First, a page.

*EME
 
Joe Hall provided comments on EME. These were circulated on the public-privacy@w3.org email list before the call. Additional reviewers are requested.
 
Wendy Seltzer recommended that PING get its comments in before the end of the year. She also noted that the Web Security Interest Group has been asked to undertake a security review.
 
*GetUserMedia
 
Frank Dawson undertook a review of GetUserMedia using the process prescribed in the draft Specification Privacy Assessment (SPA) document. These comments were circulated on the public-privacy@w3.org email list. Additional reviewers are requested. Given that Frank Dawson’s review was somewhat experimental, he would appreciate receiving feedback on his analysis, especially from someone who is an expert in GetUserMedia.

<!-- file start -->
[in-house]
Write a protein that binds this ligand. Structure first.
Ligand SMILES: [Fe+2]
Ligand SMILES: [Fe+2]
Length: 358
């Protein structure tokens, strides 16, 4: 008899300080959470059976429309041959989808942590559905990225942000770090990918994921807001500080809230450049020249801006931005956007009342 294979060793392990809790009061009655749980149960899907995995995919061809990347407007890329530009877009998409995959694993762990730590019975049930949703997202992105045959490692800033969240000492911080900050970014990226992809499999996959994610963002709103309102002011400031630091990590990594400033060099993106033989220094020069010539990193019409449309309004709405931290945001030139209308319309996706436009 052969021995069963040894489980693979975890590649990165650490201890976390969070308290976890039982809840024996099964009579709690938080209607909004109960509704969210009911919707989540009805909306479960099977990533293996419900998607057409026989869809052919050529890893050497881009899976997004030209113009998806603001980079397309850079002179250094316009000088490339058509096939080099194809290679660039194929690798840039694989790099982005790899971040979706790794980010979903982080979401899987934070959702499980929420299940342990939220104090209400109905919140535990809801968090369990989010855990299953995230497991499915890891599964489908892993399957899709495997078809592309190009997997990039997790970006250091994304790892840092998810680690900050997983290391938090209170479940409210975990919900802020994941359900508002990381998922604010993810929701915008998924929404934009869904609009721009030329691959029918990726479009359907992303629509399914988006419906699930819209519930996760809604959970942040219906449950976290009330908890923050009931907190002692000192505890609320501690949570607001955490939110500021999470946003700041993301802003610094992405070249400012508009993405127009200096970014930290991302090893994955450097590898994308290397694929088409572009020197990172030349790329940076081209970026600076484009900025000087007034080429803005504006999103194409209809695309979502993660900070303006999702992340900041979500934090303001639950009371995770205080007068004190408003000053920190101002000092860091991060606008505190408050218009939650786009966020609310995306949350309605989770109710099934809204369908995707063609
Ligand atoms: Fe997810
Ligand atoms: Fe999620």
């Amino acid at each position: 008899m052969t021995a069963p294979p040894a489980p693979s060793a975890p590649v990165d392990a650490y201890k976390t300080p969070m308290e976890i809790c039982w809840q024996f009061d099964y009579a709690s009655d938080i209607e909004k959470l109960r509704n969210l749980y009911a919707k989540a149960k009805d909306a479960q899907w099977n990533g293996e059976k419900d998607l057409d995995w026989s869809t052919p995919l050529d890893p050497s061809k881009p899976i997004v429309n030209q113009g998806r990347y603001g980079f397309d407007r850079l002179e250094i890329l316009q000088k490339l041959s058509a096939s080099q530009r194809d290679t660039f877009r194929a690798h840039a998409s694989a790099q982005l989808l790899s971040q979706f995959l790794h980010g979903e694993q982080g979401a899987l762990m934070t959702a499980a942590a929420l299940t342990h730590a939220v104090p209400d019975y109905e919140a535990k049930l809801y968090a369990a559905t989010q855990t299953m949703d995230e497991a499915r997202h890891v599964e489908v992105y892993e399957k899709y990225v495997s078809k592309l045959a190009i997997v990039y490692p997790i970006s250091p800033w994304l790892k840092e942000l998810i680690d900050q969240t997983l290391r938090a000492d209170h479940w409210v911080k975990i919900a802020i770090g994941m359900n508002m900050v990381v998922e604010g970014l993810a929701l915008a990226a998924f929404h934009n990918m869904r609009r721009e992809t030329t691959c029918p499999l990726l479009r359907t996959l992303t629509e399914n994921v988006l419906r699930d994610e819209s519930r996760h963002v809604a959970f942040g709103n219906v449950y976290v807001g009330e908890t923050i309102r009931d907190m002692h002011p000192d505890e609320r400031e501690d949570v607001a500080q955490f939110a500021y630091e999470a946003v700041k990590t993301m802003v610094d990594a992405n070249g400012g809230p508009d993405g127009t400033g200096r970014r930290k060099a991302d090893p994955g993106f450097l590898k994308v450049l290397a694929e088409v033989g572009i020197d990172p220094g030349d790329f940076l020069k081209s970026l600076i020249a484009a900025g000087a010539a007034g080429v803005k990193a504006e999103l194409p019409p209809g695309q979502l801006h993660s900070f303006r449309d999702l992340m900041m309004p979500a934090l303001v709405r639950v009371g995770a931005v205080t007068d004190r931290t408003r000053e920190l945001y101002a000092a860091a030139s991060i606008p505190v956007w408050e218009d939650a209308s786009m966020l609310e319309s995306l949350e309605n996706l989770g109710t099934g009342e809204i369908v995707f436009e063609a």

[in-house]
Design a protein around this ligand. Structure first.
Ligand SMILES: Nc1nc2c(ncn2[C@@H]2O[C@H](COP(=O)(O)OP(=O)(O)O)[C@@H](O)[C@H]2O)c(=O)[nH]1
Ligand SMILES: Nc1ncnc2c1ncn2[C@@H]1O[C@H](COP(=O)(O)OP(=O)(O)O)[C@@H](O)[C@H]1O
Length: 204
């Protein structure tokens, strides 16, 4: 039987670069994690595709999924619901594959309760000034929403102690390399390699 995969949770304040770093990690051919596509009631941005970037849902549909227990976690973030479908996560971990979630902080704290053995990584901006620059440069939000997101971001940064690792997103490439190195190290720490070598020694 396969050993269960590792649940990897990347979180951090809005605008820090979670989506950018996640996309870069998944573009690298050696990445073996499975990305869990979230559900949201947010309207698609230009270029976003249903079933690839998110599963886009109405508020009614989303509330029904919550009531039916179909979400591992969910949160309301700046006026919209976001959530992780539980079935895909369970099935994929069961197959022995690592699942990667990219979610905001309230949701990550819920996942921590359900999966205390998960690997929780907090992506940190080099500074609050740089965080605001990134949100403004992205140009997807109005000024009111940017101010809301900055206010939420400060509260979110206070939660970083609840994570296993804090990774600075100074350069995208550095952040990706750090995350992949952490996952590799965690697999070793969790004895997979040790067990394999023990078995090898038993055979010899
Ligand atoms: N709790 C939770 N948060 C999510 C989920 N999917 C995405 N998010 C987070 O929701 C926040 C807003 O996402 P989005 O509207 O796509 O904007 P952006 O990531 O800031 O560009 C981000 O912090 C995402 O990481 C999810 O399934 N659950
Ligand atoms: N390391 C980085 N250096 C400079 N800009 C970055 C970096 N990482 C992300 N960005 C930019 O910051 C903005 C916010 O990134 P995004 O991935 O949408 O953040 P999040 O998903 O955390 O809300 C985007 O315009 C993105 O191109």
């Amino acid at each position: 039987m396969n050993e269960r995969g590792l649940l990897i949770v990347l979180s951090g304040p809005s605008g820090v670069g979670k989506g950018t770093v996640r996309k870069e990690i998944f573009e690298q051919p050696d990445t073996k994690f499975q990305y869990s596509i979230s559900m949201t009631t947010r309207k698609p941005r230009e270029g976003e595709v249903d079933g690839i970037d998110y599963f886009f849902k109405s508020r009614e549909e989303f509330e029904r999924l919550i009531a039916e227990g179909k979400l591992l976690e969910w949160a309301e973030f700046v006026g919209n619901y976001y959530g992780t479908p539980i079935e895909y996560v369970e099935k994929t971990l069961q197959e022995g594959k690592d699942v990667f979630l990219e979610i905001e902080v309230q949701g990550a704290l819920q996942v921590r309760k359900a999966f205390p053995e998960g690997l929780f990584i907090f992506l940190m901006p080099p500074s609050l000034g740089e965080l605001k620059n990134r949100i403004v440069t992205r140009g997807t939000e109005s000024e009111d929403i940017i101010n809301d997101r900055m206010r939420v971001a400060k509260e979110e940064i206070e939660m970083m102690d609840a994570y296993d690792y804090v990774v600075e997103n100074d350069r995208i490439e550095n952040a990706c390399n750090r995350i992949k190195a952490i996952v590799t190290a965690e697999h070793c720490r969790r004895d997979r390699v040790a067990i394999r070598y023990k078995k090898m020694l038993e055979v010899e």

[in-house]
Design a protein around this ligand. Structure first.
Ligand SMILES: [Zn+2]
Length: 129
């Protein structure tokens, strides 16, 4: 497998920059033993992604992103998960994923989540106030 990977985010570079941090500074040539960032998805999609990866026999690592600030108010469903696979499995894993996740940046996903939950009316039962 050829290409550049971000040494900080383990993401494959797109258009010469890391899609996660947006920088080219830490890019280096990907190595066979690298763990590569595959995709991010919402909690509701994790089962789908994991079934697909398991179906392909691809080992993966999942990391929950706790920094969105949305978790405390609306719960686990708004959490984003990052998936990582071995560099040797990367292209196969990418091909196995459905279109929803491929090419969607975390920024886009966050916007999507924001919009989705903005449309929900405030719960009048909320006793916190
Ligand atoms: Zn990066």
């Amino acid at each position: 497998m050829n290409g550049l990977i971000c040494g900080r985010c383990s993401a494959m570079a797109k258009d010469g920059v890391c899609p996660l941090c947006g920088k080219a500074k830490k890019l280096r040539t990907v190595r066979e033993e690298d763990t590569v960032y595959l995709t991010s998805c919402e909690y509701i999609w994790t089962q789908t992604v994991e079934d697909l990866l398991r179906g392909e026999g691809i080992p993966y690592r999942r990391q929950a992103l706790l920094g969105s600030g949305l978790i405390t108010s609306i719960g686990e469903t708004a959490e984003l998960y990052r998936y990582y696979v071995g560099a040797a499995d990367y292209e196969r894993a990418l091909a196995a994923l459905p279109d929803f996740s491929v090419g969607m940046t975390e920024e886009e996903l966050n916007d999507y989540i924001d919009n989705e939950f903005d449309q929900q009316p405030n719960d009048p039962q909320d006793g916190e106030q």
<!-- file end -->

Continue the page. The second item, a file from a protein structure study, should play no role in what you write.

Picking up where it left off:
The chairs would like to close two open action items by the end of the year - the EME and the GetUSerMedia privacy reviews.
 
(3) Privacy Considerations for Web Protocols
 
It is hoped that Hannes Tschofenig (editor) will be able to continue to participate in PING. There has been some discussion of the draft on the public-privacy@w3.org email list, but it would be very useful if PING members (and others) could review the draft and provide their feedback prior to the next call so that this work can move forward.
 
(4) Specification Privacy Assessment
 
Frank has received comments from Art Barstow on the draft Specification Privacy Assessment document. It would be helpful to have additional feedback before the next PING call. Nick has some comments that he will provide to Frank. Frank will revise the draft between now and the next call.